Laboratory investigation of low-tension-gas (LTG) flooding for tertiary oil recovery in tight formations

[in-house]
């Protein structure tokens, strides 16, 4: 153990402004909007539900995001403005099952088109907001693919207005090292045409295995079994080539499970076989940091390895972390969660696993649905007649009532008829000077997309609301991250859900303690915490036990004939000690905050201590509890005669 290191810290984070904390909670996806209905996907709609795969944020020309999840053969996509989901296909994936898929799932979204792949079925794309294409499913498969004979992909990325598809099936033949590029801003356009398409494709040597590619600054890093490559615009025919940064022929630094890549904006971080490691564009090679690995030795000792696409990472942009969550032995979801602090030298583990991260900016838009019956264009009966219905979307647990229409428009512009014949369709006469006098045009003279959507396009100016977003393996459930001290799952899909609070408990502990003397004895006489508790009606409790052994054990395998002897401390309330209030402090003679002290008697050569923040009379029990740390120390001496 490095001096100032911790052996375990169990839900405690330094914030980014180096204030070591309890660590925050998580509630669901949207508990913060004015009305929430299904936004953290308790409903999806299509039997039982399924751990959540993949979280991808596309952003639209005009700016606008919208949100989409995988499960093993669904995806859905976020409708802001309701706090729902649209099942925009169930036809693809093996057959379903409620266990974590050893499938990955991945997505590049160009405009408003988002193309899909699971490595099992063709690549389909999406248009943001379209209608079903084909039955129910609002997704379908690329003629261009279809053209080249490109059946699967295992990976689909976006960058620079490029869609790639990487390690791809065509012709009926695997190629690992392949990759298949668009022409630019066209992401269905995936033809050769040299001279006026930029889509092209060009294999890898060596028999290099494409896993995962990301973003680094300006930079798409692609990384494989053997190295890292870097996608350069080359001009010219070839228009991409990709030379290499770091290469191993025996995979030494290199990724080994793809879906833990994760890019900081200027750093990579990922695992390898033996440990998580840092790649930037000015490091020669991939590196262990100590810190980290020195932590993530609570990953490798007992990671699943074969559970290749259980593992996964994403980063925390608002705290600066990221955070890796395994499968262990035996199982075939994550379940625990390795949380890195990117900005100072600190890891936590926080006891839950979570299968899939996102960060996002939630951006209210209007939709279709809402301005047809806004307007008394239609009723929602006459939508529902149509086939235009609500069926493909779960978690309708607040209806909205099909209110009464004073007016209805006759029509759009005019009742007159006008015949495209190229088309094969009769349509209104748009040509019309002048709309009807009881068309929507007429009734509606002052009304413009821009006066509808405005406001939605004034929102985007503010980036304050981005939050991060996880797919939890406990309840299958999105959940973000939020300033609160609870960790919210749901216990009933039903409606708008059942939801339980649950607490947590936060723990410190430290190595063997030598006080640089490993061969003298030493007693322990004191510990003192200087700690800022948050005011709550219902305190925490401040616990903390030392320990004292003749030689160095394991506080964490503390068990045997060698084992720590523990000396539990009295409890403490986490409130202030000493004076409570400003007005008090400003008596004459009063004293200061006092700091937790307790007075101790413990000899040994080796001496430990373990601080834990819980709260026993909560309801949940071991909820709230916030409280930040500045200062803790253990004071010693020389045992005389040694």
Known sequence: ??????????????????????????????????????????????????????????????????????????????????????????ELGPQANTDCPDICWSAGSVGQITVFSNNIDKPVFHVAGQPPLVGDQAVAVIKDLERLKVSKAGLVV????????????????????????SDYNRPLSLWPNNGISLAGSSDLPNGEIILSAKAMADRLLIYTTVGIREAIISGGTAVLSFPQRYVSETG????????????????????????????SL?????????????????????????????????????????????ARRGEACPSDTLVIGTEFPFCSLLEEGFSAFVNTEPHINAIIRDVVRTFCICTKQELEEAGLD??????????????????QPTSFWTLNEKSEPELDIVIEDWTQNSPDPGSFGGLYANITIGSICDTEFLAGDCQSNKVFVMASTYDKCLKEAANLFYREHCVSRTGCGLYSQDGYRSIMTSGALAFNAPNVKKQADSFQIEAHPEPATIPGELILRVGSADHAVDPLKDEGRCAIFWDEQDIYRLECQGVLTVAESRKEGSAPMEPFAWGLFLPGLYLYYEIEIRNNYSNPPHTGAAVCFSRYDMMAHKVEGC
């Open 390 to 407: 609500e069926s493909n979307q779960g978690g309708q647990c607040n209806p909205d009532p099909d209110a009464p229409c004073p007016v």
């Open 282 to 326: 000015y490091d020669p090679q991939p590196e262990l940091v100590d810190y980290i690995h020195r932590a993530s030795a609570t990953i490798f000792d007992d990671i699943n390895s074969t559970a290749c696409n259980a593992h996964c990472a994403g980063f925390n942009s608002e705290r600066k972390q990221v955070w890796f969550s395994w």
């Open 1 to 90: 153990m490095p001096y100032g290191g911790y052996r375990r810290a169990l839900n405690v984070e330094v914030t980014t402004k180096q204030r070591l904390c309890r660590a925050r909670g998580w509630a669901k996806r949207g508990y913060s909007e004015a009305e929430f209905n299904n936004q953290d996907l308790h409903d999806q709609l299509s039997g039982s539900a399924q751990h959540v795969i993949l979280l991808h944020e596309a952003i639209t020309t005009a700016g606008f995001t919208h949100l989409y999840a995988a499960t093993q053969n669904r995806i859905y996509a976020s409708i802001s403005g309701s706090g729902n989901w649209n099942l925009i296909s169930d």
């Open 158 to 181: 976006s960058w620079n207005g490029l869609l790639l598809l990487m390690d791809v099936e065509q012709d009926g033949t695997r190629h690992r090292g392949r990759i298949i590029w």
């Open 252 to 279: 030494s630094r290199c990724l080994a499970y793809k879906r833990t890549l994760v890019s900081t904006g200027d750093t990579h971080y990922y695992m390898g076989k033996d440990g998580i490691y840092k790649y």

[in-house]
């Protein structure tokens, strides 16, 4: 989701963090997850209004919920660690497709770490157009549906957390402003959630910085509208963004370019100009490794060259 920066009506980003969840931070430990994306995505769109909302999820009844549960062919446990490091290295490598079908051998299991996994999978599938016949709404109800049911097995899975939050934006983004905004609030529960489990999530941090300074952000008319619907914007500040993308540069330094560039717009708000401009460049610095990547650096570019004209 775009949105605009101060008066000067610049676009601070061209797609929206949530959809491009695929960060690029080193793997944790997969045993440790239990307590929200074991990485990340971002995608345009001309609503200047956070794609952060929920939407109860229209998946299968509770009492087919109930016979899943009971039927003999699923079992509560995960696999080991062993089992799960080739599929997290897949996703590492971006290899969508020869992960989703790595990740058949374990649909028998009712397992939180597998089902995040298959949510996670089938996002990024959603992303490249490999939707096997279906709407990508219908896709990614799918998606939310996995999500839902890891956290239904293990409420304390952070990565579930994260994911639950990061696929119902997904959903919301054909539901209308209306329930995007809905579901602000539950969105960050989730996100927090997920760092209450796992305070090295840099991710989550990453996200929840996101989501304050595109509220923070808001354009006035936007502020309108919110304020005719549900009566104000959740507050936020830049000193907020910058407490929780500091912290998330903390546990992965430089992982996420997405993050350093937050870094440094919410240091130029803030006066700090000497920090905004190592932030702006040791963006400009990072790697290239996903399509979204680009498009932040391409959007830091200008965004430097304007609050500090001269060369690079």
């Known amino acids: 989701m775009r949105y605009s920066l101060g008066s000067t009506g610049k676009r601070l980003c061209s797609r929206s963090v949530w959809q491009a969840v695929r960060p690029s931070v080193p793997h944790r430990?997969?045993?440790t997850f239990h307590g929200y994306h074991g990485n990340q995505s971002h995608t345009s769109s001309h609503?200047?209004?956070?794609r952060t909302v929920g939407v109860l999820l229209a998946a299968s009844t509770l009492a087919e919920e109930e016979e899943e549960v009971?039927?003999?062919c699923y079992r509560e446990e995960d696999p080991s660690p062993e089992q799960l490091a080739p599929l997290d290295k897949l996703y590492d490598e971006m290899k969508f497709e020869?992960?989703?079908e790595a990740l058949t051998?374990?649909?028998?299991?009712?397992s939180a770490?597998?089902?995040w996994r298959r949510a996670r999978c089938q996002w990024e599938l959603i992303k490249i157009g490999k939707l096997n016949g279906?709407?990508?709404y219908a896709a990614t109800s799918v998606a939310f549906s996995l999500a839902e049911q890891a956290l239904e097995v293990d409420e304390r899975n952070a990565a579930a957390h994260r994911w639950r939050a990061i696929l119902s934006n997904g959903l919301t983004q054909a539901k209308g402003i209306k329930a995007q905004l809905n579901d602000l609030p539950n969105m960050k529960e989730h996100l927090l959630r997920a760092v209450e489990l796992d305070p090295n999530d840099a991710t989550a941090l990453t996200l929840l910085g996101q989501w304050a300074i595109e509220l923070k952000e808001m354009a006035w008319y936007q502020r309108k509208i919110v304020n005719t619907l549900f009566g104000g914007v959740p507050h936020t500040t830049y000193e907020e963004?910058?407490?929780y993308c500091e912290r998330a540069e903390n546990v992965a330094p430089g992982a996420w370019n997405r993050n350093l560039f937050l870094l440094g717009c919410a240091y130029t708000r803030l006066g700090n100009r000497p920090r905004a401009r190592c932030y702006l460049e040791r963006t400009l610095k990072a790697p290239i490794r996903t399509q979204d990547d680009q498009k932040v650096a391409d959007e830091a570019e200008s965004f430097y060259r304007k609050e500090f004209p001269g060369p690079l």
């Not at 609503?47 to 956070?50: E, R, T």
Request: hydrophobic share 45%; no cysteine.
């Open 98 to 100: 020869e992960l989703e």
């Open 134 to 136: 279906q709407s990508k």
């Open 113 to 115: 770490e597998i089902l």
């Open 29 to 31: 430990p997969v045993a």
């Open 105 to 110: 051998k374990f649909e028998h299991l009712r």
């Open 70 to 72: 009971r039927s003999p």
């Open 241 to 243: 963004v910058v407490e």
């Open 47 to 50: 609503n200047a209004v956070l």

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This paper establishes Low-Tension-Gas (LTG) as a method for sub-miscible tertiary recovery in tight sandstone and carbonate reservoirs. The LTG process involves the use of a low foam quality surfactant-gas solution to mobilize and then displace residual crude after waterflood. It replicates the existing Alkali-Surfactant-Polymer (ASP) process in its creation of an ultra-low oil-water interfacial tension (IFT) environment for oil mobilization, but instead supplements the use of foam over polymer for mobility control. By replacing polymer with foam, chemical Enhanced Oil Recovery (EOR) methods can be expanded into sub-30 mD formations where polymer is impractical due to plugging, shear, or the requirement to use a low molecular weight polymer. Overall results indicate favorable mobilization and displacement of residual crude oil in both tight carbonate and tight sandstone reservoirs. Tertiary recovery of 75-95% ROIP was achieved for cores with 2-15 mD permeability, with similar oil bank and other ASP analogous process attributes observed. Moreover, similar recovery was achieved during testing at high initial oil saturation (56%), indicating high process tolerance to oil saturation and potential application for implementation at secondary recovery. In addition, a number of tools and relations were developed to improve the predictive relationship between observed coreflood properties and actual mobilization or displacement mechanisms which impact reservoir-scale flooding. These relations include qualitative dispersion comparison and calculation of in-situ gas saturation, macroscopic mobility ratio at the displacement fronts, and apparent viscosity of injected fluids. These tools were validated through use of reference gas and surfactant floods and indicate that stable macroscopic displacement can be achieved through LTG flooding in tight formations. Furthermore, to better reflect actual reservoir conditions where localized fractional flow of gas can vary substantially depending on mixing or gravity phenomenon, two additional sets of data were developed to empirically model behavior. Through testing of LTG co-injection at a number of discrete fractional flow values over a wide range, recovery was shown to achieve a relative maximum at 50% gas fractional flow which also corresponded with optimal observed mobility control as measured by the previously established tools. Likewise, through testing of surfactant-alternating-gas (SAG) injection cycling, displacement and overall recovery were shown to be improved versus reference co-injection flooding. Finally, by comparing the observed displacement and mobility data among co-injection and surfactant-alternating-gas floods, a new displacement mechanism is introduced to better relate actual displacement conditions with observed macroscopic mobility data. This mechanism emphasizes the role of liquid rate in actual displacement processes and a mostly static gas saturation (independent of gas rate) in altering liquid relative permeability and diverting injected liquid into lower permeability zones.
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